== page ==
On the occasion of World Refugee Day in 2021, we launched a series of articles: “Refugee Portraits”. With these articles, we want to give refugees a voice so they can tell us about their experience, their journey, and their relationship with Switzerland. For the 7th article in our series, we met Lida, who fled Afghanistan with her family at the age of seven. After having lived first in Pakistan, then India, Germany, and the Netherlands, she moved with her former husband and their two children to Switzerland, where she finally felt a bit at home. For the past 10 years, Lida has lived in Ireland, where she is finalising her PhD at Trinity College Dublin on the topic of refugees.
My name is Lida Naeim-Jäggi, and I was born in Kabul in 1973. I had a very beautiful childhood in Afghanistan before the Soviet invasion in 1979. As a result, we suddenly had to leave the country and follow my father, who had left before us. I can say that it was a very difficult and traumatic journey for me as a seven-year-old child.
To cross the border from Afghanistan to Pakistan, I walked with my mother and younger siblings for around 4 or 5 weeks, accompanied by a guide. It was a very dangerous journey because at that time we were not allowed to take any personal belongings and documents as we could have been considered citizens seeking to escape the country. Many people were stopped and checked along the road. Some were even shot dead if their documents were found. I did not know where we were going and kept asking my mother without ever getting an answer. The moment I understood that we had crossed the border was when the colour of the earth changed from yellow to red. At that exact moment, I realised that it was a real goodbye and that I would never see Afghanistan again.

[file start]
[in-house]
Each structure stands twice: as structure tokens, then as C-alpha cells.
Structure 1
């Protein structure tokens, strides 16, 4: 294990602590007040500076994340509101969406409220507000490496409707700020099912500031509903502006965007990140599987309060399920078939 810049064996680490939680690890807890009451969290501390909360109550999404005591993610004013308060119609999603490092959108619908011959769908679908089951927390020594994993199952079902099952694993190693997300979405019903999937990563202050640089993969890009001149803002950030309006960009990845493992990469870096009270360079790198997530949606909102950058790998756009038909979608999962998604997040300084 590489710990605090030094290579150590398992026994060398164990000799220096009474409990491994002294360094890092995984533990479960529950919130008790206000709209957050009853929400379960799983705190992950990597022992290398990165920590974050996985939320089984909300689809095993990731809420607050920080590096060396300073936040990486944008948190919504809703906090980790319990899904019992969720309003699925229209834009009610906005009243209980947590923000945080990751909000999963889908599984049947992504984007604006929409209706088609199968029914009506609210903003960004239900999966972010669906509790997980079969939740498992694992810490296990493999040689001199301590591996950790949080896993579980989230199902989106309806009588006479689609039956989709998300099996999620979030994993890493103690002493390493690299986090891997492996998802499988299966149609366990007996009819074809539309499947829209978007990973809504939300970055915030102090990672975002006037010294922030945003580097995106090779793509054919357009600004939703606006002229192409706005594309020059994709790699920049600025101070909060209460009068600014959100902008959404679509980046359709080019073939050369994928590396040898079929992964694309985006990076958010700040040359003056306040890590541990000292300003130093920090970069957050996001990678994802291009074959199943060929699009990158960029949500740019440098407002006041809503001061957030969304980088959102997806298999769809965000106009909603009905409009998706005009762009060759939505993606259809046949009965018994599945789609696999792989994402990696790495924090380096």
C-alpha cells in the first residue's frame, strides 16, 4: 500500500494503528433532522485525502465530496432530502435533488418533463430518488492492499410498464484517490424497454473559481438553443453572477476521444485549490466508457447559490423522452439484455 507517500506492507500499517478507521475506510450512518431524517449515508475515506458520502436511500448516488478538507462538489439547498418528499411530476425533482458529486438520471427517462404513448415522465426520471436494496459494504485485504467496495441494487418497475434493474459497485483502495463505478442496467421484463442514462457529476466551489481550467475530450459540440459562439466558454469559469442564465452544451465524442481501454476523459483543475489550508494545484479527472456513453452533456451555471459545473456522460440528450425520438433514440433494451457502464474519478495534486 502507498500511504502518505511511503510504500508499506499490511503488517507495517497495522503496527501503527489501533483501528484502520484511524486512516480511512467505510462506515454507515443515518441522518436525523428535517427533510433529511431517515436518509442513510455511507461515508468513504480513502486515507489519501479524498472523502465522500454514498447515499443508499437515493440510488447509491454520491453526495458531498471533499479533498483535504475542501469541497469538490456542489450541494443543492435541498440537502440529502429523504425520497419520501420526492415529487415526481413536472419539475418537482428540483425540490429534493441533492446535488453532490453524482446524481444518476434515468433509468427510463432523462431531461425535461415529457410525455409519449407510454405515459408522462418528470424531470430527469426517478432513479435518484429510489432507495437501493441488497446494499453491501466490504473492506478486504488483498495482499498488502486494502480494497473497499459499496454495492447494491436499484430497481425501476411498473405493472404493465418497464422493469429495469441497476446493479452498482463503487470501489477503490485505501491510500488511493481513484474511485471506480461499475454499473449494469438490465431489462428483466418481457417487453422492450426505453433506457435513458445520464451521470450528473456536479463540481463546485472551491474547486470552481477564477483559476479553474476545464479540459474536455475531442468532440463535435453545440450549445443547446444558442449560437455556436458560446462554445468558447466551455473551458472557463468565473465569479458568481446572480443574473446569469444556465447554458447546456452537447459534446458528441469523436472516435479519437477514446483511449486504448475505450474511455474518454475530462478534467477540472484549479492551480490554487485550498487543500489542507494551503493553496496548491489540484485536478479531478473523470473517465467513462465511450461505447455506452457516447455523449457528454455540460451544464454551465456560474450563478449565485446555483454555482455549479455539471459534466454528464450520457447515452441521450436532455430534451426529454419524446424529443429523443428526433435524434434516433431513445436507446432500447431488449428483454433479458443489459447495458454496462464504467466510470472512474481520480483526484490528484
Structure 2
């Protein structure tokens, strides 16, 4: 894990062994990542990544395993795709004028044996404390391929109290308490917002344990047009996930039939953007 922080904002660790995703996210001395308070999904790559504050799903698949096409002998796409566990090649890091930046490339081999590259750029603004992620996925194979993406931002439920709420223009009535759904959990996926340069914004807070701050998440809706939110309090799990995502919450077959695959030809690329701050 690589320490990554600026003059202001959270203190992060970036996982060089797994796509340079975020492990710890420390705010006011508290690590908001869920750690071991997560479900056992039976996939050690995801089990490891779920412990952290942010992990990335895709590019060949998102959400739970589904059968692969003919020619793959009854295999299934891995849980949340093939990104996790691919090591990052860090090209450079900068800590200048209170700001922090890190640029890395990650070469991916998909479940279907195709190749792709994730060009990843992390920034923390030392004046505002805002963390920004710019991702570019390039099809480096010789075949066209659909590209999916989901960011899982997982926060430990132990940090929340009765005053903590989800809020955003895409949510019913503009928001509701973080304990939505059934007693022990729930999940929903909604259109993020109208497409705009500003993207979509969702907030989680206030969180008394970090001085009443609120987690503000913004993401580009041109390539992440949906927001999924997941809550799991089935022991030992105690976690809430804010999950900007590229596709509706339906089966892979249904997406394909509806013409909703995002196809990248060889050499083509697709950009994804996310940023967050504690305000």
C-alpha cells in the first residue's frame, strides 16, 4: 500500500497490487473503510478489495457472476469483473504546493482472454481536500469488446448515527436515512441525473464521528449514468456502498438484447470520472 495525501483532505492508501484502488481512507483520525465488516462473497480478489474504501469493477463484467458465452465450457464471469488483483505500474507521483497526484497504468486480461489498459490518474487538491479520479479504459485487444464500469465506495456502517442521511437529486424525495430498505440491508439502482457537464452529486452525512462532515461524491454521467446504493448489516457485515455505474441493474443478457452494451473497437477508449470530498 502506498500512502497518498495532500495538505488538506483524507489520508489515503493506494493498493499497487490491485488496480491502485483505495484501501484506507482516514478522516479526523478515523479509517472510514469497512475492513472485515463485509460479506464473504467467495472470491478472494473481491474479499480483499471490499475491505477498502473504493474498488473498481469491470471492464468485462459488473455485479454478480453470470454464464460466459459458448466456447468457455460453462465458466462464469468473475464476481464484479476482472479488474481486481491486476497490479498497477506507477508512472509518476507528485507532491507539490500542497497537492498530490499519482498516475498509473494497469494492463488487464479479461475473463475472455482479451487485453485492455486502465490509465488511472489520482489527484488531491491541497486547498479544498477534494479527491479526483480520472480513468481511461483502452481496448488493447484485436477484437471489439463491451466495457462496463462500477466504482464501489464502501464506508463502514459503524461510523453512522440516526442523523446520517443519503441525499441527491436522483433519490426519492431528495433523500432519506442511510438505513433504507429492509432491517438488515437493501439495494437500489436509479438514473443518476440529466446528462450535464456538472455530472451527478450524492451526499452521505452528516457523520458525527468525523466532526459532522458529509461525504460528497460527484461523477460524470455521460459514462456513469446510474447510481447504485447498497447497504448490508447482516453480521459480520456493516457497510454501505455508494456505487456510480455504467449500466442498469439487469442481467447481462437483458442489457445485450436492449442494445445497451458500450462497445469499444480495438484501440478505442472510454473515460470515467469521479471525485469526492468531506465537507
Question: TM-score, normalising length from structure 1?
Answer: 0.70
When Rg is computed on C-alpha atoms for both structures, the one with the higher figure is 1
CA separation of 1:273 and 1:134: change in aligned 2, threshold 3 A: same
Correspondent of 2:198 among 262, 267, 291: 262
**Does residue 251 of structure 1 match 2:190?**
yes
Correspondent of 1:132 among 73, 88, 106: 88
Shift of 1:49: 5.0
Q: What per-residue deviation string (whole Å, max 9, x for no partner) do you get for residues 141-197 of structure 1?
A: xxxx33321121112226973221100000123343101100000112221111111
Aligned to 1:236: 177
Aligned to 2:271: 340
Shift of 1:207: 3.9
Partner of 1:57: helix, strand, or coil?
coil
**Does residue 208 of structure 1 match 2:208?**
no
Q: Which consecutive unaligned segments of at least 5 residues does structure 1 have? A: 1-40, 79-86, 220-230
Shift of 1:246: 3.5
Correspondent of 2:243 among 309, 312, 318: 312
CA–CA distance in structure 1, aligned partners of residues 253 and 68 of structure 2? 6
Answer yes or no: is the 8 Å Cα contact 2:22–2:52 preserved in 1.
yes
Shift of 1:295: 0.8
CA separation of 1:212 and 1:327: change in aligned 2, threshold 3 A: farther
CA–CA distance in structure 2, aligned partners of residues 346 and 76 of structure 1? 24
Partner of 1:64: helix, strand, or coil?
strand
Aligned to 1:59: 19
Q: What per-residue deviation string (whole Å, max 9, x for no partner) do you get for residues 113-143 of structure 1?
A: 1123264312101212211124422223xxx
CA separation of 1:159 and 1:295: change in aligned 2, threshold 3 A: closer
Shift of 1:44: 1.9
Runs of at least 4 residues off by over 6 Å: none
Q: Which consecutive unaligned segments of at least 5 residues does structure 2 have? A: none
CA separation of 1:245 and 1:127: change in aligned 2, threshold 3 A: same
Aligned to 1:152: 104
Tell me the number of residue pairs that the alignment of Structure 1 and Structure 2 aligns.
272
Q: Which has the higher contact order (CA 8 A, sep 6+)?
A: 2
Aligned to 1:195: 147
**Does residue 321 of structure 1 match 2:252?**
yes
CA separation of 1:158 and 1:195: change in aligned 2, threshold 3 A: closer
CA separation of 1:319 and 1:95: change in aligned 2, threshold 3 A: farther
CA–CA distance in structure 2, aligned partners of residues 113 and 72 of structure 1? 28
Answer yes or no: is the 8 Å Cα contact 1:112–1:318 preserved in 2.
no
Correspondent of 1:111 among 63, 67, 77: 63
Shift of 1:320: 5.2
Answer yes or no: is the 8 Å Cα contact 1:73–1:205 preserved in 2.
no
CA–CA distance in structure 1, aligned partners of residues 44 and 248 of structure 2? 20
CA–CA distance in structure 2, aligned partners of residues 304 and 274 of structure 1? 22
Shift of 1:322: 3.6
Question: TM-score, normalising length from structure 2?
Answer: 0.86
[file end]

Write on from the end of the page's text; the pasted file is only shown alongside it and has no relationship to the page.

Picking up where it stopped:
We went to Pakistan, then we moved to India, to New Delhi, where my parents decided to move further, so we ended up in Germany in 1981. We spent a week at the airport as a refugee family while the authorities conducted background checks. From that point, we were transferred to five different asylum centres over the next three years before finally receiving refugee status.
I spent my high school time in Germany before moving to the Netherlands to study psychology. I met my first husband there. We have two wonderful children, and in 2008 we decided to relocate to Switzerland.
I came to Switzerland not as a refugee but as a mother of two children with an education and a stable life. I experienced Switzerland as a very beautiful country. Its landscape reminded me of Afghanistan. The seasons are quite similar, and we also have similar mountains. That felt like coming home for me. I have lived in six foreign countries, but it was particularly in Switzerland where I had this feeling.
We moved to Ireland in 2013, and I returned to university to study philosophy and ethics. After my Master’s degree, I wanted to do more research because I felt I needed to learn more about justice and human rights. From the moment we crossed the border from Afghanistan to Pakistan, it has been a topic that has followed me my whole life. I wrote a research proposal and submitted it to Trinity College Dublin. Within a week, I received an invitation to discuss my research question and was accepted to begin my PhD in September 2018. Today, I am working toward the finalisation of my research.